I hardly follow cricket (or any sport, really) and don't quite understand the intricacies of some of the rules. From what I can tell, many of the players seem to spend a lot of time standing around doing nothing. But a few years ago, when IPL fever was at a high, I got tickets to a match between the Mumbai Indians and the Kolkata Knight Riders at Wankhede Stadium in Mumbai.
(photo by G. Patkar)
Approaching the stadium that day, it was impossible not to feel the excitement thrumming through the air. Hawkers outside the stadium were selling t-shirts, miniature bats, whistles, caps and more. The Arabian Sea itself seemed eager to hop the wall and trickle in over Marine Drive. I stopped at Pizza By The Bay for pizza and beer before the match and the energy was electric.
Other people's excitement almost always rubs off on me, but in that little restaurant by the sea, even the most stoic and cynical of us all would have found herself chugging beer and cheering -for everything. My allegiances were not deeply with either team but the thrill of being there was enough to want to celebrate.
I wore a Kolkata Knight Riders t-shirt. I had recently been in Kolkata and I thought the purple was flattering against my skin. A journalist approached me with her cameraman and said she wanted to interview me for a live show about the match. Flattered because I thought the camera always picks up on the pretty people in the audience at sporting events, I agreed easily.
"You're the only one here in a Knight Riders shirt! Can you sing their anthem for us?" she yelled into her microphone over the din of the stadium.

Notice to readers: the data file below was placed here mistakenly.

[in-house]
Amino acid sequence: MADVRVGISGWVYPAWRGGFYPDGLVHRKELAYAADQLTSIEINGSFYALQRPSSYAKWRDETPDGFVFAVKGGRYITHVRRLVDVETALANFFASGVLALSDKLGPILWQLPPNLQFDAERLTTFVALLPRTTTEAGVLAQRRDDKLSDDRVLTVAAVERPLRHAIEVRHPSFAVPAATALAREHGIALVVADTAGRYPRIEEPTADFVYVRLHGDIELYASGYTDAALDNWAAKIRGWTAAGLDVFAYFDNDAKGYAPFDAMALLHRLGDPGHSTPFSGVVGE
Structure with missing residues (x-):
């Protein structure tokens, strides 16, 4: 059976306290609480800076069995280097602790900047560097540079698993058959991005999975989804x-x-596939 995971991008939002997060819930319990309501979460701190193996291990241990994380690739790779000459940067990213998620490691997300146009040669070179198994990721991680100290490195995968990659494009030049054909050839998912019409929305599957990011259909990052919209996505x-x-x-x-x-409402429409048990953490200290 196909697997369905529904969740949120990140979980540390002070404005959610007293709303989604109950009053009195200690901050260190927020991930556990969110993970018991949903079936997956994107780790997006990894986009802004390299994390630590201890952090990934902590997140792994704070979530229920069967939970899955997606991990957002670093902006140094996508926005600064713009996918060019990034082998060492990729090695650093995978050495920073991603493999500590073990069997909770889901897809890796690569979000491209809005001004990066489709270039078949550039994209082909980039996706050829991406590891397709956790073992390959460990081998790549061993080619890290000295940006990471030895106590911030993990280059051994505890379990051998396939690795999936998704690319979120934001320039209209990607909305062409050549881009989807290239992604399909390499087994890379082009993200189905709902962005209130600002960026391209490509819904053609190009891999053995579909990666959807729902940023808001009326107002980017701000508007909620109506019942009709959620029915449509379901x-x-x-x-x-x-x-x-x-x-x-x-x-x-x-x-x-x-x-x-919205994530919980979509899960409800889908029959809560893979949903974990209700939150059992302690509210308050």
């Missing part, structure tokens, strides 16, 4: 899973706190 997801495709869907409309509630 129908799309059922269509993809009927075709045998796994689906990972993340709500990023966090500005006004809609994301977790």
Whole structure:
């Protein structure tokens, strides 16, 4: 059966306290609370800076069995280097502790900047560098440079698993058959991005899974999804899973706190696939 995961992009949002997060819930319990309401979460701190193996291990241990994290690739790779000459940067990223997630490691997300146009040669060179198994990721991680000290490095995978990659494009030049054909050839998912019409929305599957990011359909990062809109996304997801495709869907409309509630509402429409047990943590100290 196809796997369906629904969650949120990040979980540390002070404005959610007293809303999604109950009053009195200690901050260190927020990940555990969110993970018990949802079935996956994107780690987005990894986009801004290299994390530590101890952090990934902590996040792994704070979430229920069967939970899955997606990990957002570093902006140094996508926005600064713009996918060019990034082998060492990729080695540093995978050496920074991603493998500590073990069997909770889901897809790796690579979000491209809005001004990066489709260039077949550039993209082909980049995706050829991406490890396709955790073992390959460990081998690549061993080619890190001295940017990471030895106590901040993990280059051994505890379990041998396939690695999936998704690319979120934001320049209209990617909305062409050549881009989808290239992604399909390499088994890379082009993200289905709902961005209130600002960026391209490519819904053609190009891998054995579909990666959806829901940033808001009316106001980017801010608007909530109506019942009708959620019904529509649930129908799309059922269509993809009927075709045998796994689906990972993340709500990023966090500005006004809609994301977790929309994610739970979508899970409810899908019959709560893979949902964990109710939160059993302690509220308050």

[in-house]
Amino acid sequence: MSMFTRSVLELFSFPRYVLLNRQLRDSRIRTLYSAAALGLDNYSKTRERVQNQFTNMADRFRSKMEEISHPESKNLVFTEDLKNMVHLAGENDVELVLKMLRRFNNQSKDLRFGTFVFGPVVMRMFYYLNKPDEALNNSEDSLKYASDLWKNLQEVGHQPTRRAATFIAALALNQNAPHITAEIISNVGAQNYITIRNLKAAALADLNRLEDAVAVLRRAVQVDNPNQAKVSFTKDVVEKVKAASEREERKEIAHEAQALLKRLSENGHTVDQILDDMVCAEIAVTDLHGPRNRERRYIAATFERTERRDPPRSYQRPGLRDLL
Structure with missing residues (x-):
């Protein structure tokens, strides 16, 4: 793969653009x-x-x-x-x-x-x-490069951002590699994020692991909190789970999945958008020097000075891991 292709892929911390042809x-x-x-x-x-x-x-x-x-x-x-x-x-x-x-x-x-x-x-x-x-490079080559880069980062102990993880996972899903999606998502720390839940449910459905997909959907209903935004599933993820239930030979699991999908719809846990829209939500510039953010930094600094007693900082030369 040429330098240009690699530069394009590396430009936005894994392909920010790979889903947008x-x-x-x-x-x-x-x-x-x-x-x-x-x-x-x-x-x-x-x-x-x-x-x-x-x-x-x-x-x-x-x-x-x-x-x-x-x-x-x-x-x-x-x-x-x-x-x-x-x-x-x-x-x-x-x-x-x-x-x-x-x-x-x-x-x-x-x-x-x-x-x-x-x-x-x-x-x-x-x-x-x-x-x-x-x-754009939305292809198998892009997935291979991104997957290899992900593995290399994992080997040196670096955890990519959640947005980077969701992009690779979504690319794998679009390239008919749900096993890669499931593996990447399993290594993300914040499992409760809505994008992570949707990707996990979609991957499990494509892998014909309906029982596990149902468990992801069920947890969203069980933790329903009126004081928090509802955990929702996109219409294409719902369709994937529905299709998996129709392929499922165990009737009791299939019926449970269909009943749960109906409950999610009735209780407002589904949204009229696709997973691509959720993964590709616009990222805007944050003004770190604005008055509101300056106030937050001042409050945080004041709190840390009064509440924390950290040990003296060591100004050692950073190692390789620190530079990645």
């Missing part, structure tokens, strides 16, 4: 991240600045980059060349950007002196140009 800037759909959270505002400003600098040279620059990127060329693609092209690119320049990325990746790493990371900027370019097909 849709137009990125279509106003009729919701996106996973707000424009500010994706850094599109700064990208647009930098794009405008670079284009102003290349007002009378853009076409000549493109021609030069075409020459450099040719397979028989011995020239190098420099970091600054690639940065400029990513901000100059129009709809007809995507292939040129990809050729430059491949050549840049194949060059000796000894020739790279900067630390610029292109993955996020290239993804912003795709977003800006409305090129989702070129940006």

"I don't know their anthem, sorry," I said. I guess it had nothing to do with my face and everything to do with my purple shirt in the midst of a sea of Mumbai Indians supporters.
"What kind of fan are you?" she screamed.
"What?" I said.
"This is Mumbai! Why are you supporting the Kolkata Knight Riders?" she hollered. Then she chanted, "Mumbai! Mumbai!" in an attempt to get others around us also chanting for her live feed. Fair enough. But I was not about to have thousands of angry fans descend on me for a sport I did not feel that strongly about. So I reached into my purse and pulled out a Mumbai Indians t-shirt.
"I support both," I said. "I'm half-Maharashtrian and half-Bengali so I'll put this shirt on top depending on how the match goes."
The journalist frowned at me and hissed at her cameraman to "Cut! cut! This won't do," and went off in a huff.
I don't remember the details of the match; I don't even remember who won. But I do vividly remember the excitement. Recently, I attended my first baseball game (the die-hard fans I was with did not like me calling it a match). It was the Atlanta Braves vs. Someone (again, my memory for sports-related details is not good) and I had the opportunity to attend in Atlanta, Georgia.
I felt the same excitement, I drank similar lukewarm beer, and I waved around a foam finger. There's a delightful uniformity to be found among sports fans around the world - maybe not the fancy tennis fans that, I'm told, drink champagne and eat strawberries at Wimbledon - and no matter what they tell you, you don't have to pick a side to enjoy the game.